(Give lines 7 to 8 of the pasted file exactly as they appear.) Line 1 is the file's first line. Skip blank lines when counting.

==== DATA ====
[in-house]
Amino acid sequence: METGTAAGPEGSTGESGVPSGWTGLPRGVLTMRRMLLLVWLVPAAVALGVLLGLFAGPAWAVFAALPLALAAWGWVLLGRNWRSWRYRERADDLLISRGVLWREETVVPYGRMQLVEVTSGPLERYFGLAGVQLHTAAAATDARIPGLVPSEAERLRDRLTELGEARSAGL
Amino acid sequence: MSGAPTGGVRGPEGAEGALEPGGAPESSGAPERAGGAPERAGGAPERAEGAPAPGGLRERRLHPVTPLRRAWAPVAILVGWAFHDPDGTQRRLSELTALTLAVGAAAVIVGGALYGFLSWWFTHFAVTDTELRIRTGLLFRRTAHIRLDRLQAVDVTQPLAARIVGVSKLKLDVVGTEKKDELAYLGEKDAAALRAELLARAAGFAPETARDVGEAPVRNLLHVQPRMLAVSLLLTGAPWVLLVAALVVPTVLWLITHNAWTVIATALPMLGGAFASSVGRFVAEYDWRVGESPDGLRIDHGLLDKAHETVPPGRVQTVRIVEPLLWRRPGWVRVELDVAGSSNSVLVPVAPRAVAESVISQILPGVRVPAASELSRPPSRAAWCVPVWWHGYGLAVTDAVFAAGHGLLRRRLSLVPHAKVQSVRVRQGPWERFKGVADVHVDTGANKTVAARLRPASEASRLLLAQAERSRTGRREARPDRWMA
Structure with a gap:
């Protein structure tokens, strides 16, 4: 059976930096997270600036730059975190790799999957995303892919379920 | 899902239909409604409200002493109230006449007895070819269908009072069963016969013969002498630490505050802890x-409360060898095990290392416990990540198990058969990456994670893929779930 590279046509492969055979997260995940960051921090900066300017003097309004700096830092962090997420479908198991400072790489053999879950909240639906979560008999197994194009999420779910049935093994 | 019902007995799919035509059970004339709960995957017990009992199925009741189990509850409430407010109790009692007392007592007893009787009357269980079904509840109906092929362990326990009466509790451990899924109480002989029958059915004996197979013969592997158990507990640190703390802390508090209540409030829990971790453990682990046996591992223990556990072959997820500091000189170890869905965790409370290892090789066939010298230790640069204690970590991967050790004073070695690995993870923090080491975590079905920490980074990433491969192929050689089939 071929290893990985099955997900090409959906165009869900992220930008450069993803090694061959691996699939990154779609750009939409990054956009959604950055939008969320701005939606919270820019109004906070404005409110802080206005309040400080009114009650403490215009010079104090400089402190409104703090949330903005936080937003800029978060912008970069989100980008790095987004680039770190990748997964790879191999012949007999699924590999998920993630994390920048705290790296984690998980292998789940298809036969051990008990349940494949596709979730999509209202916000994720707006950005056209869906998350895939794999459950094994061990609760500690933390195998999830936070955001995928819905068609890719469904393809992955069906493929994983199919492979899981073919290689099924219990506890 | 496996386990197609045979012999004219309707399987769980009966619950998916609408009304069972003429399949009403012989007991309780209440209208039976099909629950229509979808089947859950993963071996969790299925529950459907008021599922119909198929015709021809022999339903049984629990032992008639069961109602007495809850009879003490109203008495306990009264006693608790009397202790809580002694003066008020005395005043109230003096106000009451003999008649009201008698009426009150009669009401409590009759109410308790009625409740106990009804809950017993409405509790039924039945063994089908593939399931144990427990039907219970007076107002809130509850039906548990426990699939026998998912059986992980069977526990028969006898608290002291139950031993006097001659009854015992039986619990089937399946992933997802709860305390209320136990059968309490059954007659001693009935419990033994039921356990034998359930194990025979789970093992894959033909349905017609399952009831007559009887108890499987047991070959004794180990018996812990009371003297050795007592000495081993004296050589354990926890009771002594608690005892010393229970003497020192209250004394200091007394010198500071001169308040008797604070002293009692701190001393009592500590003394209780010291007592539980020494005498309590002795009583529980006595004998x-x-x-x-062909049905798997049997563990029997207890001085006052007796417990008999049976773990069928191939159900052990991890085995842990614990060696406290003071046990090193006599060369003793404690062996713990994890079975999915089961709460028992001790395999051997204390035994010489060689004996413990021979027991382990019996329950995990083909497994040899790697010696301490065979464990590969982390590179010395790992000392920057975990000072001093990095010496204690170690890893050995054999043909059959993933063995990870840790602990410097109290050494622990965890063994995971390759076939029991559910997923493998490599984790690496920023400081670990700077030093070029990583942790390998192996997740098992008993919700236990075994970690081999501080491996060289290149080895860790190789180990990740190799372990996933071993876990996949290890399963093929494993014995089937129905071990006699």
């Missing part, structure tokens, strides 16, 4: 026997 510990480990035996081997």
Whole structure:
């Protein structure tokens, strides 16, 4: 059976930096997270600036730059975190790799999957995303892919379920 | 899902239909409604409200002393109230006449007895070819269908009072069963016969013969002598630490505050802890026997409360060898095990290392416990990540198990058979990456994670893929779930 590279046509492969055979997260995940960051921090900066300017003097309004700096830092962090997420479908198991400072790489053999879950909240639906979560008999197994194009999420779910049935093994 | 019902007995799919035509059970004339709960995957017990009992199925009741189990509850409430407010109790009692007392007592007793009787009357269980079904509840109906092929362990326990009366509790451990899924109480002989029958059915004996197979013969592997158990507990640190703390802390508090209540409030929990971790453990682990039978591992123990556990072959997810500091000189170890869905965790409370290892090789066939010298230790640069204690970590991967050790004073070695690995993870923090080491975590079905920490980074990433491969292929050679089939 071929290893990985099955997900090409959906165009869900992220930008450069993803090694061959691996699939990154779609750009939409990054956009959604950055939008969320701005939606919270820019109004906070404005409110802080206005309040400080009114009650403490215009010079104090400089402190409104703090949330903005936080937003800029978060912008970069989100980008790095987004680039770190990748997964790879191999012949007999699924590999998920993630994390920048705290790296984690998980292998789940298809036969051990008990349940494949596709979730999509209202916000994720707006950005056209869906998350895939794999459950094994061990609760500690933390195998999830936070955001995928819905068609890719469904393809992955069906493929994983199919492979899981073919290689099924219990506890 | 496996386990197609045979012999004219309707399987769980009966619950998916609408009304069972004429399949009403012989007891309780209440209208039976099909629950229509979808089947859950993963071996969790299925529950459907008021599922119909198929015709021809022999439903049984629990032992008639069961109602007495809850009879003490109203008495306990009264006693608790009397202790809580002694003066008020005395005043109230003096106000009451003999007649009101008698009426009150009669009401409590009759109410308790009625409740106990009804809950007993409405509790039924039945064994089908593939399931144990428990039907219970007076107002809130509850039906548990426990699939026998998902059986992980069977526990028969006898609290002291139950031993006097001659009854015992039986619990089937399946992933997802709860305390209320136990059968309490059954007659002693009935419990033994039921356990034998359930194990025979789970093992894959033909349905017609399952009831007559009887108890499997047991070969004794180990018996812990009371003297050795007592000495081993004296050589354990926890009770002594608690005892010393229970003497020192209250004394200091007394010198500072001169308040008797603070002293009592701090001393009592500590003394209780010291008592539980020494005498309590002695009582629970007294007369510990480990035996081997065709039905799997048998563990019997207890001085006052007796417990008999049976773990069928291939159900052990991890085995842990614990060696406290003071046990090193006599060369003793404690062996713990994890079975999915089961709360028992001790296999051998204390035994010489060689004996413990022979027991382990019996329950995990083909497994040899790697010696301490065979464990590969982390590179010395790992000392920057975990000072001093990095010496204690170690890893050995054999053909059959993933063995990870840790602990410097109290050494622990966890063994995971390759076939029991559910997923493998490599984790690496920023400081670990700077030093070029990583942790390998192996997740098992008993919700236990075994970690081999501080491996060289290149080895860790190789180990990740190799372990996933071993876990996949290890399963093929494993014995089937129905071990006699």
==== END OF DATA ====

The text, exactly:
Whole structure:
């Protein structure tokens, strides 16, 4: 059976930096997270600036730059975190790799999957995303892919379920 | 899902239909409604409200002393109230006449007895070819269908009072069963016969013969002598630490505050802890026997409360060898095990290392416990990540198990058979990456994670893929779930 590279046509492969055979997260995940960051921090900066300017003097309004700096830092962090997420479908198991400072790489053999879950909240639906979560008999197994194009999420779910049935093994 | 019902007995799919035509059970004339709960995957017990009992199925009741189990509850409430407010109790009692007392007592007793009787009357269980079904509840109906092929362990326990009366509790451990899924109480002989029958059915004996197979013969592997158990507990640190703390802390508090209540409030929990971790453990682990039978591992123990556990072959997810500091000189170890869905965790409370290892090789066939010298230790640069204690970590991967050790004073070695690995993870923090080491975590079905920490980074990433491969292929050679089939 071929290893990985099955997900090409959906165009869900992220930008450069993803090694061959691996699939990154779609750009939409990054956009959604950055939008969320701005939606919270820019109004906070404005409110802080206005309040400080009114009650403490215009010079104090400089402190409104703090949330903005936080937003800029978060912008970069989100980008790095987004680039770190990748997964790879191999012949007999699924590999998920993630994390920048705290790296984690998980292998789940298809036969051990008990349940494949596709979730999509209202916000994720707006950005056209869906998350895939794999459950094994061990609760500690933390195998999830936070955001995928819905068609890719469904393809992955069906493929994983199919492979899981073919290689099924219990506890 | 496996386990197609045979012999004219309707399987769980009966619950998916609408009304069972004429399949009403012989007891309780209440209208039976099909629950229509979808089947859950993963071996969790299925529950459907008021599922119909198929015709021809022999439903049984629990032992008639069961109602007495809850009879003490109203008495306990009264006693608790009397202790809580002694003066008020005395005043109230003096106000009451003999007649009101008698009426009150009669009401409590009759109410308790009625409740106990009804809950007993409405509790039924039945064994089908593939399931144990428990039907219970007076107002809130509850039906548990426990699939026998998902059986992980069977526990028969006898609290002291139950031993006097001659009854015992039986619990089937399946992933997802709860305390209320136990059968309490059954007659002693009935419990033994039921356990034998359930194990025979789970093992894959033909349905017609399952009831007559009887108890499997047991070969004794180990018996812990009371003297050795007592000495081993004296050589354990926890009770002594608690005892010393229970003497020192209250004394200091007394010198500072001169308040008797603070002293009592701090001393009592500590003394209780010291008592539980020494005498309590002695009582629970007294007369510990480990035996081997065709039905799997048998563990019997207890001085006052007796417990008999049976773990069928291939159900052990991890085995842990614990060696406290003071046990090193006599060369003793404690062996713990994890079975999915089961709360028992001790296999051998204390035994010489060689004996413990022979027991382990019996329950995990083909497994040899790697010696301490065979464990590969982390590179010395790992000392920057975990000072001093990095010496204690170690890893050995054999053909059959993933063995990870840790602990410097109290050494622990966890063994995971390759076939029991559910997923493998490599984790690496920023400081670990700077030093070029990583942790390998192996997740098992008993919700236990075994970690081999501080491996060289290149080895860790190789180990990740190799372990996933071993876990996949290890399963093929494993014995089937129905071990006699």